Jered Weaver is so much more than 6 feet 7 inches of kneecaps and elbows and snapping wrist coming at opposing batters.
True, when he is effective — which is most of the time — hitting his pitches is like swatting the queen bee out of a swarming hive. You don't know where the pitches are coming from, whether they will be 69 miles an hour or 89, or whether they will dip or dart.
Two things happen if you try to time them. You get lucky and fly out to center, or you miss and sprain your hip.
That was kind of how it went Wednesday night for the Angels ace. He threw a two-hitter, went the distance with only 94 pitches and beat the Astros, 2-1. That brought his record to 5-3 and his earned-run average to 2.85.
He started the season 0-2 and had a 5.79 ERA. Those who follow the game closely weren't worried.
He is in his ninth season with the Angels, is third on the Angels all-time win list with 118 and probably will pass No. 1 Chuck Finley and No. 2 Nolan Ryan, because he is only 31 and wants to stay with the Angels for his career. He can catch Finley with 47 wins. He is third on the team behind those two in career strikeouts, too.
Those are statistics. In Weaver's case, more than that makes the man.
This exchange Friday night in the Angels clubhouse is a good measure:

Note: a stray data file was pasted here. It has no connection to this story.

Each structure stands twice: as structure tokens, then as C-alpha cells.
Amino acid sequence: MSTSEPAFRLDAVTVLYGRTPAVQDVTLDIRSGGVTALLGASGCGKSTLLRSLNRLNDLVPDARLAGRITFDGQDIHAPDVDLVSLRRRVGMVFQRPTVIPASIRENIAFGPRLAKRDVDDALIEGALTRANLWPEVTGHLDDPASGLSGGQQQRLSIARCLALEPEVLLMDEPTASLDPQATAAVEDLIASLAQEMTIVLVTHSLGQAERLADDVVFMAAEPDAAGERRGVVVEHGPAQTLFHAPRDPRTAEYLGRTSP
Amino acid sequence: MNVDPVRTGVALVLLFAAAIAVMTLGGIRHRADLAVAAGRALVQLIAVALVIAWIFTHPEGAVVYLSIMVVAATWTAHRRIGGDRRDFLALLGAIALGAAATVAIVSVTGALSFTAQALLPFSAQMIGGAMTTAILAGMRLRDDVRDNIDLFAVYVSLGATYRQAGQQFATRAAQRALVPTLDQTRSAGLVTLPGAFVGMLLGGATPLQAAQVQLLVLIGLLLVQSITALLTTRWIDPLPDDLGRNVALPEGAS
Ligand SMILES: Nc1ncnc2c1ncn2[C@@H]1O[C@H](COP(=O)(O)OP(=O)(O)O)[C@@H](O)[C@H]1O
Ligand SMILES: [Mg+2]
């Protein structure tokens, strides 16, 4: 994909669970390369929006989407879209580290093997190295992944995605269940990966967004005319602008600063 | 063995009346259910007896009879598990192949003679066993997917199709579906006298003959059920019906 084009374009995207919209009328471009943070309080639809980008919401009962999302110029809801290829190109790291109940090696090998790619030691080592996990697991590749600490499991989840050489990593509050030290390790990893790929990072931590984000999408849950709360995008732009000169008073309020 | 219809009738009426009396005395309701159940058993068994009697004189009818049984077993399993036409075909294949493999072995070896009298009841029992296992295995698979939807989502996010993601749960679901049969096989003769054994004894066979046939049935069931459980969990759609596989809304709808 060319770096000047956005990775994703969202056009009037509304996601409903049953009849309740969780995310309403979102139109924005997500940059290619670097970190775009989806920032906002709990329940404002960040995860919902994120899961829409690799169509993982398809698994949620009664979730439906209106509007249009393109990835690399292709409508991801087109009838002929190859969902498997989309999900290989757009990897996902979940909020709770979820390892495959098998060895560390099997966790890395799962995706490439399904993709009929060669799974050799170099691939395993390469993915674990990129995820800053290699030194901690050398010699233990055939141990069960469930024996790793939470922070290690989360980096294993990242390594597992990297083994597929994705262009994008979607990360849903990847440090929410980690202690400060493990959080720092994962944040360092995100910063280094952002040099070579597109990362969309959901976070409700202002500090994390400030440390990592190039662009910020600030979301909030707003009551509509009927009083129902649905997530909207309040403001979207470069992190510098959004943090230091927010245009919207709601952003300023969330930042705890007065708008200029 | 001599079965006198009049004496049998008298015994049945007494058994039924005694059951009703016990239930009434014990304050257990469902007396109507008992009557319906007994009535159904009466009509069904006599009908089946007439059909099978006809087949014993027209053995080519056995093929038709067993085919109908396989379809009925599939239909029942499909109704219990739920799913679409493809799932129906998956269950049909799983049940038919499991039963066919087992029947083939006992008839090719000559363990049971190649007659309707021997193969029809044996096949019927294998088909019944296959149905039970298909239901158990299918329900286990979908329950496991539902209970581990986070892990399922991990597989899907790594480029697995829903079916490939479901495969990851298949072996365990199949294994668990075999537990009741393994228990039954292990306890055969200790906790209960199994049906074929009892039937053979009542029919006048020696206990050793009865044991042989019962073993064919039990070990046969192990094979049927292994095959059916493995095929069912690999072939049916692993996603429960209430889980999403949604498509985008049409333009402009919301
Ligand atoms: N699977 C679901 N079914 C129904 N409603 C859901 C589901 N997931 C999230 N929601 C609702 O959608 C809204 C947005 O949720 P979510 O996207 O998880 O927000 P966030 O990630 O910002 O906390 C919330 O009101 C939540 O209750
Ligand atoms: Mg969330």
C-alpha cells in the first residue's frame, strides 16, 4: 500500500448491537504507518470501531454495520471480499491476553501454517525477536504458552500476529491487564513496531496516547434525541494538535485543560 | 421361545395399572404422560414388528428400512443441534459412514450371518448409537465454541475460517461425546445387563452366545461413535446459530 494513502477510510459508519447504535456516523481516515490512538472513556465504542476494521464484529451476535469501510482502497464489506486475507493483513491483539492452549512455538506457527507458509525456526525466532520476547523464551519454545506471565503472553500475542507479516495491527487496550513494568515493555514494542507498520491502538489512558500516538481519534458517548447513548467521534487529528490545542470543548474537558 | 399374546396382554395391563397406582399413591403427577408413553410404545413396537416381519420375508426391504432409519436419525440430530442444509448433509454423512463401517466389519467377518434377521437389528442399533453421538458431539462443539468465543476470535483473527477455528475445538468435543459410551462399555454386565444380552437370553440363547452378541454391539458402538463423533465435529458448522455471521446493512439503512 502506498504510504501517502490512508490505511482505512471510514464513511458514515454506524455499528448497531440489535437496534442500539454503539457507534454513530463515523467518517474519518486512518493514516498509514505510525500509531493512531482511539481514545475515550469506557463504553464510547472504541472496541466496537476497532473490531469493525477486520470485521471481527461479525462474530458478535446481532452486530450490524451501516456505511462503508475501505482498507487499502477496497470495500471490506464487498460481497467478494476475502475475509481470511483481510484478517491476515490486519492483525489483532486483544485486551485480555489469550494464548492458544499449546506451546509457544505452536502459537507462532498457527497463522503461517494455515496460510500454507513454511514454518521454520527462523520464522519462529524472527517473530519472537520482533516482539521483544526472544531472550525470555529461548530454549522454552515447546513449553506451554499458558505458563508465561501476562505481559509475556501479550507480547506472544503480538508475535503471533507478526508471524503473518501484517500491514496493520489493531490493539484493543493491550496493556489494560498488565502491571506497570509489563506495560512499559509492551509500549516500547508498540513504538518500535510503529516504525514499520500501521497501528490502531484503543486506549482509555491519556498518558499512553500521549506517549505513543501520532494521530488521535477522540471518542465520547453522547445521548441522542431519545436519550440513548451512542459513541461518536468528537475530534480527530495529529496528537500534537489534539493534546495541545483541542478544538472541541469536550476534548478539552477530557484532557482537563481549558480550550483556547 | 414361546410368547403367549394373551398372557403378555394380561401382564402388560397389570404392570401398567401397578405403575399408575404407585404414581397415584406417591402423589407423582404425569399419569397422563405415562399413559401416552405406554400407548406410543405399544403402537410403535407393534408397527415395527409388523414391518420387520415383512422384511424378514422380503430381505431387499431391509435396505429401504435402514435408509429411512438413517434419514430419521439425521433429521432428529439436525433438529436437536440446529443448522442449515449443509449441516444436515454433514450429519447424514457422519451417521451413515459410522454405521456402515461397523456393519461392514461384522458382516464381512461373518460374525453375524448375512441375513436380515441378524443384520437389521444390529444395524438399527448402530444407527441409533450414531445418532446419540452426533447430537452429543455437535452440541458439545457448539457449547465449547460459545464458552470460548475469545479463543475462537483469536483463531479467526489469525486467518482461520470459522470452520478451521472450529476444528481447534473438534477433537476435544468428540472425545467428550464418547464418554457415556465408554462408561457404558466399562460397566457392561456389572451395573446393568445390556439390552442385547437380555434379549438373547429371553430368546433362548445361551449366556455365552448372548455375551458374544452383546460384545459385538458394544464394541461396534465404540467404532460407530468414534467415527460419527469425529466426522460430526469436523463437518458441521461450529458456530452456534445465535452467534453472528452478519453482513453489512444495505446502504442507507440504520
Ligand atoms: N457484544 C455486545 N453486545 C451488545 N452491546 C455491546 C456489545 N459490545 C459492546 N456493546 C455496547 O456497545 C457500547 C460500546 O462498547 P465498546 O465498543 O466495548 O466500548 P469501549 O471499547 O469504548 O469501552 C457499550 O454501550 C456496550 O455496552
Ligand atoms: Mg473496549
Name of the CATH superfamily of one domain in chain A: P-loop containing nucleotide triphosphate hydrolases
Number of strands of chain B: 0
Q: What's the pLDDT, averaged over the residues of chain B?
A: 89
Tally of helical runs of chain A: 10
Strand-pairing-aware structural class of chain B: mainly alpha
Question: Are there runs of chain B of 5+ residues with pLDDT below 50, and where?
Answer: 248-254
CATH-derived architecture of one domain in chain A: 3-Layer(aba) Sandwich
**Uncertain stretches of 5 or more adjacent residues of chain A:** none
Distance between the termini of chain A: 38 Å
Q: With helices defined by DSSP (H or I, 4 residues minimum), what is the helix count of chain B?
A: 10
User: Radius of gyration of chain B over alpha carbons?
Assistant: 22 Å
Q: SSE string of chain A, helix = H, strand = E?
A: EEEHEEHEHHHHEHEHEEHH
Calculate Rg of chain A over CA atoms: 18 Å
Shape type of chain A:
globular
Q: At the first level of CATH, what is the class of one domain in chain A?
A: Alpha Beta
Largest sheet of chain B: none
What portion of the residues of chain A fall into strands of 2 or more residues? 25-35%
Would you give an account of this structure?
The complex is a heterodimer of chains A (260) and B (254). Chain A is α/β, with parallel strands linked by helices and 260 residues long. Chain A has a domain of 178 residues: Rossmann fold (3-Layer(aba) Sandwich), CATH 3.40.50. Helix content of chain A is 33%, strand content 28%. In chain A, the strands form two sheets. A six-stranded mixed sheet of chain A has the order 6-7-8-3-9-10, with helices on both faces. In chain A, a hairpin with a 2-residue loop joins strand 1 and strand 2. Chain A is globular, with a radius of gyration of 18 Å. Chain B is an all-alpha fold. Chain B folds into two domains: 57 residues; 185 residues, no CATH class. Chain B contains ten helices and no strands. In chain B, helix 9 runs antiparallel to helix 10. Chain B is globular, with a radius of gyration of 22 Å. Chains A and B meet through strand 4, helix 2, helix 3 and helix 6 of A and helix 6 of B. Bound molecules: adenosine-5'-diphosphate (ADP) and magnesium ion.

Curmudgeon columnist: "Time to write a column about you."
CC: "Because, as good as you are, on this team — with Albert Pujols hitting homers like crazy and Mike Trout slumping and then hitting walk-off homers and Josh Hamilton about to come back and Garrett Richards looking like Cy Young — you kind of fly under the radar."
Weaver: "Under the radar is good."
Under the radar isn't quite accurate for a right-handed pitching star who goes well beyond merely distinguishing himself on the field.
Three years ago, he flew in the face of the usual player greed by taking a salary that left millions on the table. He signed for five more years and $85 million and, with hard-charging Scott Boras as his agent, left many in the game stunned.
How did he convince Boras to sign off on that deal?
"Not sure I ever did," Weaver says.
His statement the day of the contract was something you don't often hear: "How much money do you need?" he asked rhetorically.
The professional sports world tilted on its axis. For Weaver, it wasn't that hard. He grew up in Simi Valley, played at Long Beach State and wanted to play where family and friends could see him. Plus, there was strong parental influence.
"My dad was an electrical contractor," Weaver says. "He'd be crawling around in attics all day. He was up at 4 a.m., home at 6 p.m., fought the traffic and went right to bed.
"What I was getting was more than enough to support my family's needs, and the needs of my family in generations to come.